December 14, 2017
Tuesday, September 23, 2014

Wall Street ends lower, S&P 500 down for third straight day

US stocks fell today, with consumer staples leading the S&P 500 down to its third straight daily loss, as investors grew concerned about the pace of global economic growth.

The day's losses were broad, with all ten primary S&P sectors down. Consumer staples were the weakest on the day, off 0.9 percent, while industrials lost 0.8 percent.

Wall Street's losses tracked Europe's 1.3 percent slump, after data showed a contraction in French business activity and slower growth in German manufacturing this month.

Unrest abroad added an element of caution to the market after the launch of U.S. air strikes in Syria against Islamic State fighters. The tension lifted crude oil prices 0.6 percent to $91.44 per barrel.

The Dow Jones industrial average fell 116.81 points, or 0.68 percent, to 17,055.87, the S&P 500 lost 11.52 points, or 0.58 percent, to 1,982.77 and the Nasdaq Composite dropped 19.00 points, or 0.42 percent, to 4,508.69.

The S&P 500 fell for a third consecutive session and closed below its 14-day moving average for a second straight day, a sign of weak near-term momentum.

The Russell 2000 fell 0.9 percent, and the small cap index's 50-day moving average fell slightly under its 200-day moving average, a condition known as a "death cross," which many investors view as indicating a coming bear market.

More than two-thirds of stocks traded on both the New York Stock Exchange and the Nasdaq closed lower on the day. About 5.78 billion shares traded on all US platforms, according to BATS exchange data, below the month-to-date average of about 6 billion.

European shares fell for a second day today, after data showed a contraction in French business activity and slower growth in German manufacturing this month.

Austria's Raiffeisen Bank International, down 10 percent, led the declines on the FTSEurofirst 300 index . The bank said it might lose as much as 500 million euros ($645 million) this year because of problems in Ukraine and Hungary.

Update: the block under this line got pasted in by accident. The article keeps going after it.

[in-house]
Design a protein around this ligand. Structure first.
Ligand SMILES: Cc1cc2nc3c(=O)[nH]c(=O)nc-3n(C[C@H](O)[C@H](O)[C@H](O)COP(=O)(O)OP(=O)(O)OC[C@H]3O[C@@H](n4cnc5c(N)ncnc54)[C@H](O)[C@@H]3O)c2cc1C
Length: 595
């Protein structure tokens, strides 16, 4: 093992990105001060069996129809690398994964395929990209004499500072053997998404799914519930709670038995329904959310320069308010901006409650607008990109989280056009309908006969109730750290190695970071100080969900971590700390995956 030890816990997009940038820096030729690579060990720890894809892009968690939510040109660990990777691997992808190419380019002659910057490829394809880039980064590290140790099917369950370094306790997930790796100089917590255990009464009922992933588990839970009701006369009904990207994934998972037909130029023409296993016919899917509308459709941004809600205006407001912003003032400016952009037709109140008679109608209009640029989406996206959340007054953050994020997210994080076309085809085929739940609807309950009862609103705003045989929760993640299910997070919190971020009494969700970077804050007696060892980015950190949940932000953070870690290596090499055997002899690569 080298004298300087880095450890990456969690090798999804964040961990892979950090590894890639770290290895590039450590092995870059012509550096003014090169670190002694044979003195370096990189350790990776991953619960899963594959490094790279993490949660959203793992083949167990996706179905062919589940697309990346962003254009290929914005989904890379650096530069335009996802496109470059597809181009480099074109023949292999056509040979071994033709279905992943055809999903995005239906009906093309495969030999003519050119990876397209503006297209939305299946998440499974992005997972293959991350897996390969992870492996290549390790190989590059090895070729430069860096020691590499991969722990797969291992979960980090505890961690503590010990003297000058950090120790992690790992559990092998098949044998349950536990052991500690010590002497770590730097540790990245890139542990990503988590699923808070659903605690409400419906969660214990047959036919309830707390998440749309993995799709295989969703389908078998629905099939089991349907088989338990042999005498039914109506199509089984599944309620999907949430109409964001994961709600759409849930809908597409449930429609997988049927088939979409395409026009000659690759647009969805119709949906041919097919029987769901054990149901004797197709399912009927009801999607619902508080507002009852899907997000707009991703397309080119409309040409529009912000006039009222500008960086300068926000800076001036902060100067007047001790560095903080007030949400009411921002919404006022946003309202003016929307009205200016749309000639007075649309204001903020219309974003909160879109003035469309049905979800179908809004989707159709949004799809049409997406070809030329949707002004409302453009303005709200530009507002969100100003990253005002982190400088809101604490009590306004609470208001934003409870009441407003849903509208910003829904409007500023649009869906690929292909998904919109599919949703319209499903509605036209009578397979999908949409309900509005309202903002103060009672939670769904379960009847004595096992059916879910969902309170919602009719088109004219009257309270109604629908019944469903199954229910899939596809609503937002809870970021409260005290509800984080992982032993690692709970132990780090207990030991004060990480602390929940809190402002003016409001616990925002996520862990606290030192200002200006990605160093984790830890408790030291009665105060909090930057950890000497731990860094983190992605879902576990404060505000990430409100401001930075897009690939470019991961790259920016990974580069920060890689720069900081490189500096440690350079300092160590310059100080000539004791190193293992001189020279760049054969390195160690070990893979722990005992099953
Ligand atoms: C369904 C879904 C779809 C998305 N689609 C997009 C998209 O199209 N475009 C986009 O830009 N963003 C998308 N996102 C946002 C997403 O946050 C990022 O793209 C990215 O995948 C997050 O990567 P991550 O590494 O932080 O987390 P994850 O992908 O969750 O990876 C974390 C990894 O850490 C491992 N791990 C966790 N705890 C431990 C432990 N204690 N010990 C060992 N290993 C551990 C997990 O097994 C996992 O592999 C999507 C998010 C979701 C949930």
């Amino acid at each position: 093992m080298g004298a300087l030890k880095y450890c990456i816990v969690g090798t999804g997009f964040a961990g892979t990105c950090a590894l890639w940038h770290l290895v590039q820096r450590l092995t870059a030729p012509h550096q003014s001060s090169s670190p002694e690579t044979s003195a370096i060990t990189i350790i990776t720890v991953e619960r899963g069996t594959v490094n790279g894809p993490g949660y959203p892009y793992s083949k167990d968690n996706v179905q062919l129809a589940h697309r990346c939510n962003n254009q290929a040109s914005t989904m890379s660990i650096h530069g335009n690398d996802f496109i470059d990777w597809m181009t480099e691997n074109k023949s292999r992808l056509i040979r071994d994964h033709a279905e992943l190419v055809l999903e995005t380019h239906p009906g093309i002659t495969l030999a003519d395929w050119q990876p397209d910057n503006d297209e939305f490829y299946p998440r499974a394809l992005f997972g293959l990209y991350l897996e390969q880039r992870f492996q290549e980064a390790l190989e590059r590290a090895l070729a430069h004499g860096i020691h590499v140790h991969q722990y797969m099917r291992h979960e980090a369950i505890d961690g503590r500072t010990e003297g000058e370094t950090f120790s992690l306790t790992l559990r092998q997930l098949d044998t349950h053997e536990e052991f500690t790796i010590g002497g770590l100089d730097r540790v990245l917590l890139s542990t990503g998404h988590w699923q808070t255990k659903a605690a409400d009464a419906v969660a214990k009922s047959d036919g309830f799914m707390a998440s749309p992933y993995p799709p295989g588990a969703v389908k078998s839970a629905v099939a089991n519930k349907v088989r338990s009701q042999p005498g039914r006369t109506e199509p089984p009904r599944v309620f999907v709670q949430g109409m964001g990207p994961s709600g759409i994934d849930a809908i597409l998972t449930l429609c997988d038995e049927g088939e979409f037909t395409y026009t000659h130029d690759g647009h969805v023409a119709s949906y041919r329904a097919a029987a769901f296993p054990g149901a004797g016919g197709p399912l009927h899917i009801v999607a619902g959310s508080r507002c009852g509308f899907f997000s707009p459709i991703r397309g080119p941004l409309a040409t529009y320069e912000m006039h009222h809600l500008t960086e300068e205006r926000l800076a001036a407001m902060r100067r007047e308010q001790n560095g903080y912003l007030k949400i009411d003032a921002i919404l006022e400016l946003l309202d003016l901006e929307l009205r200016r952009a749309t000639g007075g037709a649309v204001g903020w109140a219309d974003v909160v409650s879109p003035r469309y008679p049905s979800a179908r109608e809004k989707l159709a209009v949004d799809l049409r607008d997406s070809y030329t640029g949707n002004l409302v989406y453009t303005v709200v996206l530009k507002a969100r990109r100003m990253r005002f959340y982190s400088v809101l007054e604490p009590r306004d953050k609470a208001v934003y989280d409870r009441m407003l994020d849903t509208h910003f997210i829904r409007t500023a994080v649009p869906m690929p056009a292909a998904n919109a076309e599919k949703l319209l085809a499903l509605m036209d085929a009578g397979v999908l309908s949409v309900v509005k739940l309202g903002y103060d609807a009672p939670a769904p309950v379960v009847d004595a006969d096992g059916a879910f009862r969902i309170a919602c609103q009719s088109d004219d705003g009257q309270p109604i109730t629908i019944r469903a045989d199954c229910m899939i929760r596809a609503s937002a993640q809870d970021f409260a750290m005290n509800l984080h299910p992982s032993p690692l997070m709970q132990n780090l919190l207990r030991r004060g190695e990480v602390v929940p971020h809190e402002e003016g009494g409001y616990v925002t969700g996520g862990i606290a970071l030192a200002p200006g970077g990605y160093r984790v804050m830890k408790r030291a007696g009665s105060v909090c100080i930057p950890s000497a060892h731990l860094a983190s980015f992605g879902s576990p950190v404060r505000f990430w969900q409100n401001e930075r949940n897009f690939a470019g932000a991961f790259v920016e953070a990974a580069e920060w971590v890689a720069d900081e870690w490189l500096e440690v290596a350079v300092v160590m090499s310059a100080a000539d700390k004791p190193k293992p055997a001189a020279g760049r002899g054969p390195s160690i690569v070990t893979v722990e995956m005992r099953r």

France's CAC 40 share index underperformed after Markit data showed business activity in the euro zone's second-biggest economy shrank this month as services weakened more than expected.

The CAC fell 1.9 percent and the FTSEurofirst 300 index closed down 1.3 percent weaker at 1,374.85 points, after falling to a one-week low. The pan-European index lost 0.6 percent on Monday.

Data for Germany showed the private sector grew for the 17th straight month in September, but manufacturing expanded at its slowest since June 2013. For the euro zone overall, business activity grew less than expected in September, as companies cut prices for the 30th month in a row.

AstraZeneca and Shire fell 3.6 percent and 2.5 percent respectively, while the STOXX Europe 600 Healthcare index dropped 1.3 percent.

Supermarket retailers fell after data from Kantar Worldpanel showed Britain's grocery market grew at its slowest rate for more than 20 years over the last 12 weeks.

Tesco fell 4.2 percent to its lowest in more than a decade, after a drop in the previous session when the world's No. 3 retailer cut its profit forecast for the third time in two months. Sainsbury's was down 5.4 percent.

On the positive side, Norway's Yara, the world's biggest nitrate fertiliser maker, rose 3.9 percent, making it the top gainer on the FTSEurofirst 300. Yara said it is in talks with Chicago-based CF Industries about a merger that could create a $27 billion global fertilizer producer.

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Tags:  Stocks  shares  FTSEurofirst  Nikkei  US  Dow Jones  

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